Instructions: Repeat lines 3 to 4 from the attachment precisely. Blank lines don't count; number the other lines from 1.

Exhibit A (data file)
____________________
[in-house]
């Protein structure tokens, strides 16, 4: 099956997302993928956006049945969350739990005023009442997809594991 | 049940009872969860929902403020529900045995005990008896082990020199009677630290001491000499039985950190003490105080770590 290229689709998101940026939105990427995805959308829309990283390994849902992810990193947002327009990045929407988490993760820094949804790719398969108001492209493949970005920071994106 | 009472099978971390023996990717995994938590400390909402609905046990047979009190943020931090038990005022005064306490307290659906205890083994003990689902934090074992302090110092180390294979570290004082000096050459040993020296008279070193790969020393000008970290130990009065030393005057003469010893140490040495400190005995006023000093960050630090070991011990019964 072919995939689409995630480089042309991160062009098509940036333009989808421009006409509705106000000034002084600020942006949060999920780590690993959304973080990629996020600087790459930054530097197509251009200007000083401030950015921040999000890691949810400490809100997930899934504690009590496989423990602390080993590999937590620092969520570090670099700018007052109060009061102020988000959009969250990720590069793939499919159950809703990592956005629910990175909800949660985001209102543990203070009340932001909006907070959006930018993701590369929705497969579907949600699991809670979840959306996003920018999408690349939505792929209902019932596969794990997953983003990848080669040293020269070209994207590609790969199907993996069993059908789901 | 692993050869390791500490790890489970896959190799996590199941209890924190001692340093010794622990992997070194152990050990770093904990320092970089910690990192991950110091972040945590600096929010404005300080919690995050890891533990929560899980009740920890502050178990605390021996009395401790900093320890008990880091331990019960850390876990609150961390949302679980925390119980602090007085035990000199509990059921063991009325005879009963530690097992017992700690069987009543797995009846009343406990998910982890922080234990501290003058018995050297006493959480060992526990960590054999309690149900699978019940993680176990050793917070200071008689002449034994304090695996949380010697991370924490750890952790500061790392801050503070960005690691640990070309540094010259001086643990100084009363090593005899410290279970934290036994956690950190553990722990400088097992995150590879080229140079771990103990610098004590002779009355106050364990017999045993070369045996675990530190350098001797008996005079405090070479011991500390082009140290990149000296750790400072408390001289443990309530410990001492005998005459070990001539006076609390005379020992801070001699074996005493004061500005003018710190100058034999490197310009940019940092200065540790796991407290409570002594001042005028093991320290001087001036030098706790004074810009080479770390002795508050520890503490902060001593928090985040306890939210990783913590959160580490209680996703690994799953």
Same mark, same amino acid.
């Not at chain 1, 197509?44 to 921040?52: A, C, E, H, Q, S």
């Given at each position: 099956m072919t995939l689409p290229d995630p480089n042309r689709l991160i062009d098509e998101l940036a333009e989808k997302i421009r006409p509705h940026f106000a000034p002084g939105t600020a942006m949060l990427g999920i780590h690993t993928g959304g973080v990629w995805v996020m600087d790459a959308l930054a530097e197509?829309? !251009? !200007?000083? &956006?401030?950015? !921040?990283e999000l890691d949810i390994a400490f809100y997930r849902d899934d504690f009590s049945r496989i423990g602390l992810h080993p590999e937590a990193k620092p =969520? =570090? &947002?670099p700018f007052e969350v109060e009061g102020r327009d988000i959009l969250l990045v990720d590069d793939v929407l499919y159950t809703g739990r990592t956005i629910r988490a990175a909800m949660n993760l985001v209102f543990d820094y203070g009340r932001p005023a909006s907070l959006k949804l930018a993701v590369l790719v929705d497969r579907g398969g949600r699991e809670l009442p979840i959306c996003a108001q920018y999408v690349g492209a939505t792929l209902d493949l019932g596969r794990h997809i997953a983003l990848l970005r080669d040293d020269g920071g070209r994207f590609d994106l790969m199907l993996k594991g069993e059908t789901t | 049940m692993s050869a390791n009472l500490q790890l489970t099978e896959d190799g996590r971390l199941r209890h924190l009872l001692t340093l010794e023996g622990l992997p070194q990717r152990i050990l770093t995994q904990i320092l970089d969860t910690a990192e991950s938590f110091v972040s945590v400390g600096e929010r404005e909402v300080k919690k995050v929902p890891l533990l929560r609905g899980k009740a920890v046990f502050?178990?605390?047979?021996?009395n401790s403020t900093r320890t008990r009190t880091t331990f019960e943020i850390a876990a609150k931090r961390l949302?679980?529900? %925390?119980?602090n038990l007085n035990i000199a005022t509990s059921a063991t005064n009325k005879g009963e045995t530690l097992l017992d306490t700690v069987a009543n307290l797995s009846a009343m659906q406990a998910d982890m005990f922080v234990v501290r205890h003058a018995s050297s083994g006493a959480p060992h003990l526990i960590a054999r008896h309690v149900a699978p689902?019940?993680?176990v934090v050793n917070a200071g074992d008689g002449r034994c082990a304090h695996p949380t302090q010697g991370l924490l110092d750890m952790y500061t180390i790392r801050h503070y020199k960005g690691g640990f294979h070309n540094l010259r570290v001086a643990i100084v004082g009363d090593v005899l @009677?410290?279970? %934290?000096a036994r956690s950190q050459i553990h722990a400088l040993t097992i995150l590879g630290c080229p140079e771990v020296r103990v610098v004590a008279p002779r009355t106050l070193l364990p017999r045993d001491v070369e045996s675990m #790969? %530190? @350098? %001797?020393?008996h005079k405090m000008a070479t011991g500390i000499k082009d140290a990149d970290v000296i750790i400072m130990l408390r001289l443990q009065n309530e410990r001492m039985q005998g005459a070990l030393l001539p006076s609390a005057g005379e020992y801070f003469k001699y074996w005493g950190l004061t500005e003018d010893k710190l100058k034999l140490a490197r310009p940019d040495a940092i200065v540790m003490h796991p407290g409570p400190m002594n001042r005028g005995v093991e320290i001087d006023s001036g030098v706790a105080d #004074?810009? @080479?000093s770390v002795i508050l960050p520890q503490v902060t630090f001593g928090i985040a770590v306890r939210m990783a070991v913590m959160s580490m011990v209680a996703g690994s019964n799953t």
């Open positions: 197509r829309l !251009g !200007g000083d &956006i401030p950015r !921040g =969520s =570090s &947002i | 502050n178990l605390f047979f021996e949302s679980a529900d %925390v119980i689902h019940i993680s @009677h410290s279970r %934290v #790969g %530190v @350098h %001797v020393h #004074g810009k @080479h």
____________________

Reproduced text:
Same mark, same amino acid.
């Not at chain 1, 197509?44 to 921040?52: A, C, E, H, Q, S």